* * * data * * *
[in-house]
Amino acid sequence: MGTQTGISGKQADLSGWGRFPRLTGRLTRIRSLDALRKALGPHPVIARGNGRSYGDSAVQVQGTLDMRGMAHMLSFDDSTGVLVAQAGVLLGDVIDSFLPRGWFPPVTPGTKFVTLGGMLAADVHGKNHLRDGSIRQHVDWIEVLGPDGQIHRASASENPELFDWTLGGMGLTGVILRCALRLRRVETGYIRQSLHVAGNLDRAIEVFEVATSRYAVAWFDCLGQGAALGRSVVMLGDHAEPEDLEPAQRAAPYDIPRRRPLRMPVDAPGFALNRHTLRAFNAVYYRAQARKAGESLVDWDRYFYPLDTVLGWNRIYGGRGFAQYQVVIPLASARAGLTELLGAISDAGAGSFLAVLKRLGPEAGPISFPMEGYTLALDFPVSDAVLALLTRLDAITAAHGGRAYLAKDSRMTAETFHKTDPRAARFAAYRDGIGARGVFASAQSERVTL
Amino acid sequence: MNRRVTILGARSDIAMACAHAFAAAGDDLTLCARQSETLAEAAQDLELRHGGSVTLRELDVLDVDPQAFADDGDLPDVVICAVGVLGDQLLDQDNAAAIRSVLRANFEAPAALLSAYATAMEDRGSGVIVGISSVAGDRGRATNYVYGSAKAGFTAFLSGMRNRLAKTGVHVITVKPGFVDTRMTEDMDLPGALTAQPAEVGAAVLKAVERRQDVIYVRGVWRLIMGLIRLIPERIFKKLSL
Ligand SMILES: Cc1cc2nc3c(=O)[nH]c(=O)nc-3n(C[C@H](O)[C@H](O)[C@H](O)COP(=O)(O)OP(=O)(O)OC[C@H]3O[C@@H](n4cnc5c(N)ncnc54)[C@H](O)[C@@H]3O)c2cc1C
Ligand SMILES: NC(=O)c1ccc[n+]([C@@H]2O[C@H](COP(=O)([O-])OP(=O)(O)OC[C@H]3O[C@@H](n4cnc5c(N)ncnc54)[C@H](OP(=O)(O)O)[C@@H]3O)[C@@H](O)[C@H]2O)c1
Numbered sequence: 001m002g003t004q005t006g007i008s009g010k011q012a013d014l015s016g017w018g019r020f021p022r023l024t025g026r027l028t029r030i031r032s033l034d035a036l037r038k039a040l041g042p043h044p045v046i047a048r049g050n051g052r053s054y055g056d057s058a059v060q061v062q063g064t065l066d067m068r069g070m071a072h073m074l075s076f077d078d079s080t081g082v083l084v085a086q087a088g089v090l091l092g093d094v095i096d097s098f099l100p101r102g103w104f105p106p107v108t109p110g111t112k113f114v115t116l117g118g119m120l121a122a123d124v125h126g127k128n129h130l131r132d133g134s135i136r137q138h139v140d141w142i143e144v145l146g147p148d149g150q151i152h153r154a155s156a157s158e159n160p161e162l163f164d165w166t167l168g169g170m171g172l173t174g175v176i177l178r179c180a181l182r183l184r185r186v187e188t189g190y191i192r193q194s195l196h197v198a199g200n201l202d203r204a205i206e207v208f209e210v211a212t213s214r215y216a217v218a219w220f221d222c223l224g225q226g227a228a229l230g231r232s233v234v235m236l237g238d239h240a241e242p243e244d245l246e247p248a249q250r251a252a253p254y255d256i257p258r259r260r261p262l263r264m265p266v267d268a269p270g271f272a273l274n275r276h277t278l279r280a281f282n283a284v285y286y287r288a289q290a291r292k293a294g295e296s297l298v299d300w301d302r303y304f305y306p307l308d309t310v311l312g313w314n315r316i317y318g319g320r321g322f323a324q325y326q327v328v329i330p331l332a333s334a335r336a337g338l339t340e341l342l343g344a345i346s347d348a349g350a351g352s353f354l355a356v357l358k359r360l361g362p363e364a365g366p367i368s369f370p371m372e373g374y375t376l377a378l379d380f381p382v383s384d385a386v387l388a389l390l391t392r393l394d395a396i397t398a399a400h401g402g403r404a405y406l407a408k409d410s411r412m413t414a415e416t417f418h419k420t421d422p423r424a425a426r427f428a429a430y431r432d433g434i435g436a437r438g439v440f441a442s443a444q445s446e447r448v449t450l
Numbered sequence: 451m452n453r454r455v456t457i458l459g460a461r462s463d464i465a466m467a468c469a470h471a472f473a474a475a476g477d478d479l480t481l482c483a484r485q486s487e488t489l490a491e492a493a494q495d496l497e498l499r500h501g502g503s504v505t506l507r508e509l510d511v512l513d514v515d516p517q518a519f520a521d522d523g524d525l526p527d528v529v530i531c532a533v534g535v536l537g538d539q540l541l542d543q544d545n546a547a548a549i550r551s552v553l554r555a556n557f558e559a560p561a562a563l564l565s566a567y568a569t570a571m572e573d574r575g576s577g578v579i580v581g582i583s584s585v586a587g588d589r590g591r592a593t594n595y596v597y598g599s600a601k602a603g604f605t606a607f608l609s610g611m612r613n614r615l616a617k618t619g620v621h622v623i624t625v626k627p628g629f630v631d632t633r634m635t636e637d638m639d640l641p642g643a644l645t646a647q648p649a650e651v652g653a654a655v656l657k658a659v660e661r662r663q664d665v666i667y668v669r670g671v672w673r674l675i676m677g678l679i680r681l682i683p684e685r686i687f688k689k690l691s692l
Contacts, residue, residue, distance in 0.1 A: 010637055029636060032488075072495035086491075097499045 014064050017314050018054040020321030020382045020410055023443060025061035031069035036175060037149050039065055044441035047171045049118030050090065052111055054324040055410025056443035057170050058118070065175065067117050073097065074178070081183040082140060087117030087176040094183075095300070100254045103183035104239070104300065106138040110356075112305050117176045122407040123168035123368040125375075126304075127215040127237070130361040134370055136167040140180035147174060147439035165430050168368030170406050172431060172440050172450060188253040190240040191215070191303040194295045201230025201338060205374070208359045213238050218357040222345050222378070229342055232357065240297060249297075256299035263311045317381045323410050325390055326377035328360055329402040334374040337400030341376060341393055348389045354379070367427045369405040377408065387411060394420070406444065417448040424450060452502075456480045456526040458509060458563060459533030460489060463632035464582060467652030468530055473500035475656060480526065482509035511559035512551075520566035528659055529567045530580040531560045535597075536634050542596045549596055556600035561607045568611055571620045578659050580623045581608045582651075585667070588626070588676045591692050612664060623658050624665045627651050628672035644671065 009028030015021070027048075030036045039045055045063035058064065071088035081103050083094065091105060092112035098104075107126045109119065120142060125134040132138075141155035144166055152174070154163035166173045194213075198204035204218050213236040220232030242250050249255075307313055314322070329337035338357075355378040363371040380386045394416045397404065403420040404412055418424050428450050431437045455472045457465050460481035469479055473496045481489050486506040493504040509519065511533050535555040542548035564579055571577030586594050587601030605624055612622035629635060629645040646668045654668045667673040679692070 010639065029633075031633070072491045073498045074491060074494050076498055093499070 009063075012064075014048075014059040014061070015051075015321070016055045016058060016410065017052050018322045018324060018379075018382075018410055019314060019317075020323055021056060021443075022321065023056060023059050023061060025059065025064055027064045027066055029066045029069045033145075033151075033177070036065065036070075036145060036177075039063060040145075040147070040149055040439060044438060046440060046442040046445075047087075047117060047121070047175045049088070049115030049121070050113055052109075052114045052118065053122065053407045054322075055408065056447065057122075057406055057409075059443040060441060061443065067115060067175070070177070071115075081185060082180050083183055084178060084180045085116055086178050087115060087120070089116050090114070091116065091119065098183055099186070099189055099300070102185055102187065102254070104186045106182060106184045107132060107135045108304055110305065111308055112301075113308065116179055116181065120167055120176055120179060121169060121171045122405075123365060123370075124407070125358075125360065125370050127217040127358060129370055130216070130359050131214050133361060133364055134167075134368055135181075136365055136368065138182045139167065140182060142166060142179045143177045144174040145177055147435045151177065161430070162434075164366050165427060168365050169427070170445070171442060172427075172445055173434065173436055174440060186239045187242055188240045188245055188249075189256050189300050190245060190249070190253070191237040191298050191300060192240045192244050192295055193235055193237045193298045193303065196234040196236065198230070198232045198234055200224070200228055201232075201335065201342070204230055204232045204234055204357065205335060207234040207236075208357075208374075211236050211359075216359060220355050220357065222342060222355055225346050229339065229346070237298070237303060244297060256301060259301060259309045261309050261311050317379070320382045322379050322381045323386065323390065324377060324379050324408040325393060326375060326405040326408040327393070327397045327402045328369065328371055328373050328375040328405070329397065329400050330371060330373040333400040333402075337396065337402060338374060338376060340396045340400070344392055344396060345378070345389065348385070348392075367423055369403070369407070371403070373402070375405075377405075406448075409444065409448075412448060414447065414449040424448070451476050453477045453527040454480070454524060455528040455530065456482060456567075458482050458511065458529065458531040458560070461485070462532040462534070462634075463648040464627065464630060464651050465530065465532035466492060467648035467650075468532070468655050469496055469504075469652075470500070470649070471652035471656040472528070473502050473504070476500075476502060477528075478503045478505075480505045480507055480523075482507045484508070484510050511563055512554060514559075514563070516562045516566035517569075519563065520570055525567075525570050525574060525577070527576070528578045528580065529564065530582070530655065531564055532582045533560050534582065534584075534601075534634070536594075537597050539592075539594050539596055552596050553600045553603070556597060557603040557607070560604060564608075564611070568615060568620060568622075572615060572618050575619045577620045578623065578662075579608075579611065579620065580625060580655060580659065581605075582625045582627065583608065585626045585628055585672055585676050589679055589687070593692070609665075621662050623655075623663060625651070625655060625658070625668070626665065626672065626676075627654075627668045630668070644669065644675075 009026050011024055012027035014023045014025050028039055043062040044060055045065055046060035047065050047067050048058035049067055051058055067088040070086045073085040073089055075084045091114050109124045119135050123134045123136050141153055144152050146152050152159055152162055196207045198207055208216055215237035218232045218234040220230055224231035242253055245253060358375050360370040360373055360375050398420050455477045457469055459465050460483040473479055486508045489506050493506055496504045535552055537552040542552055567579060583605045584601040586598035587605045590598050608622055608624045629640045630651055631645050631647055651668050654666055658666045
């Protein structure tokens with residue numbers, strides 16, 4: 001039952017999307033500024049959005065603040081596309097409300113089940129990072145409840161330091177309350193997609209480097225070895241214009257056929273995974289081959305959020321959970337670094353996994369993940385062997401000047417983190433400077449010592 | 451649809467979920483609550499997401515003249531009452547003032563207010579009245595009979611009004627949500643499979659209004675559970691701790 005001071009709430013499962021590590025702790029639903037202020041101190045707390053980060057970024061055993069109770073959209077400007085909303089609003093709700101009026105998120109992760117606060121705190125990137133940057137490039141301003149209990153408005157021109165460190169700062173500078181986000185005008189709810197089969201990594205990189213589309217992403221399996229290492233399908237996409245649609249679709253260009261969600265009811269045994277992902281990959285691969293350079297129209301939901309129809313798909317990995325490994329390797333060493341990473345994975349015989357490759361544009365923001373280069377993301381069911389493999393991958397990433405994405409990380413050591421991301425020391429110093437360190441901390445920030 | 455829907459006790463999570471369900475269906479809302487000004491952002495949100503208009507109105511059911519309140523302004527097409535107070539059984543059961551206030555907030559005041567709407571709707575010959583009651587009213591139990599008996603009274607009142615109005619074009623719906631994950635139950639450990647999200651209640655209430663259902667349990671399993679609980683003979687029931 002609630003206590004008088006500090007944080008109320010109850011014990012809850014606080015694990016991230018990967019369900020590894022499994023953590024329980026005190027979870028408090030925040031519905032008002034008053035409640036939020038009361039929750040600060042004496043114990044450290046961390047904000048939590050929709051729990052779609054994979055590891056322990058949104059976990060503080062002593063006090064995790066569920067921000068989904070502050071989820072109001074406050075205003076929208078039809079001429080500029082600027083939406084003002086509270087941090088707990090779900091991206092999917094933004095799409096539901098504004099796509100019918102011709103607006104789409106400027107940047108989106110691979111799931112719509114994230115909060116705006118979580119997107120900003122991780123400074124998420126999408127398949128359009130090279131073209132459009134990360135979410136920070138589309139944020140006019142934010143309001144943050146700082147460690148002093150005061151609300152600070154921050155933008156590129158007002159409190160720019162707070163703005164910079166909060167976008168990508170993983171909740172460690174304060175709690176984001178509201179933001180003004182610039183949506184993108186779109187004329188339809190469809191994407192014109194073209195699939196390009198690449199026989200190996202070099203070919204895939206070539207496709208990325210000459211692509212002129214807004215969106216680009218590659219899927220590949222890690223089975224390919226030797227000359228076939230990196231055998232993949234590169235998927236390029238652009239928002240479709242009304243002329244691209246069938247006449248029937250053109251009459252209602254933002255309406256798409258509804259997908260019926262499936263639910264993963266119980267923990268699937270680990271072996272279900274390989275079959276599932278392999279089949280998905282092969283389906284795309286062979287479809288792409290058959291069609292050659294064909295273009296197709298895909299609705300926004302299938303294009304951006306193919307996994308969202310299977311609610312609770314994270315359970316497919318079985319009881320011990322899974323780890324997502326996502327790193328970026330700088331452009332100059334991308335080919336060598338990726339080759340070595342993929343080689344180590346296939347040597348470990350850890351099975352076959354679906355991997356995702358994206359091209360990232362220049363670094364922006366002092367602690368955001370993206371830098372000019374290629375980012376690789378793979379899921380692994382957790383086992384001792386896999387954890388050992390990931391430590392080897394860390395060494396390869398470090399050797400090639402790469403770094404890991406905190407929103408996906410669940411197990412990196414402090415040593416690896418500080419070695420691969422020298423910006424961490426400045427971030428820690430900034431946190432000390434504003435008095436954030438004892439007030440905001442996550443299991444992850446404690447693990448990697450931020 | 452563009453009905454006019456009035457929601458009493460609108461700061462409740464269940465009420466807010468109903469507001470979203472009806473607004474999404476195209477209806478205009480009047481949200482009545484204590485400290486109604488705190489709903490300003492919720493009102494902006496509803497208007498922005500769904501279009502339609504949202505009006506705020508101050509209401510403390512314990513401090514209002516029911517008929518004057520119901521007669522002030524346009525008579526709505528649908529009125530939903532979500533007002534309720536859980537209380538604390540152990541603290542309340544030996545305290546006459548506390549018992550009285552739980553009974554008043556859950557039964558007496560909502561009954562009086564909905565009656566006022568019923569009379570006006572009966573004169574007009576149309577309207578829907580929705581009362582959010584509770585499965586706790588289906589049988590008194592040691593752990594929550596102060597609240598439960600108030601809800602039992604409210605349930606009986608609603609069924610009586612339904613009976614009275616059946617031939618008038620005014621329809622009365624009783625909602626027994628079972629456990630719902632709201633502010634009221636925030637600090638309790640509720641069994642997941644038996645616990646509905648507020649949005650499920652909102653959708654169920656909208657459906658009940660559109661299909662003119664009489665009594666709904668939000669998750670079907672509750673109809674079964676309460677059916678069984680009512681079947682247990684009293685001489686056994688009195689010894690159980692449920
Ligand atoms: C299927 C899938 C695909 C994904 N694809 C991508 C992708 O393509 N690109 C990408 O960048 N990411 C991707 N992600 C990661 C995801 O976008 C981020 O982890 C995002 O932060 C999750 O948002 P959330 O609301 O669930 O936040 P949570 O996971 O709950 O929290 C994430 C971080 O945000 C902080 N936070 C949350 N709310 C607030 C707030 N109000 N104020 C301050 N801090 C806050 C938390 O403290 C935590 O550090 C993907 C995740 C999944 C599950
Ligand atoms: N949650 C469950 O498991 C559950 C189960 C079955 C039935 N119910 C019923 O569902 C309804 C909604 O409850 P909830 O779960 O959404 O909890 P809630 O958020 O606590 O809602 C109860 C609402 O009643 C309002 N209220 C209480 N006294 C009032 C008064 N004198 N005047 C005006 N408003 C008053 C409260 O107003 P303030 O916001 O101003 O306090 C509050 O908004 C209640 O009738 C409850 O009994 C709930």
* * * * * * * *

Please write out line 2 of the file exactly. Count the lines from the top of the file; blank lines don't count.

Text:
Amino acid sequence: MGTQTGISGKQADLSGWGRFPRLTGRLTRIRSLDALRKALGPHPVIARGNGRSYGDSAVQVQGTLDMRGMAHMLSFDDSTGVLVAQAGVLLGDVIDSFLPRGWFPPVTPGTKFVTLGGMLAADVHGKNHLRDGSIRQHVDWIEVLGPDGQIHRASASENPELFDWTLGGMGLTGVILRCALRLRRVETGYIRQSLHVAGNLDRAIEVFEVATSRYAVAWFDCLGQGAALGRSVVMLGDHAEPEDLEPAQRAAPYDIPRRRPLRMPVDAPGFALNRHTLRAFNAVYYRAQARKAGESLVDWDRYFYPLDTVLGWNRIYGGRGFAQYQVVIPLASARAGLTELLGAISDAGAGSFLAVLKRLGPEAGPISFPMEGYTLALDFPVSDAVLALLTRLDAITAAHGGRAYLAKDSRMTAETFHKTDPRAARFAAYRDGIGARGVFASAQSERVTL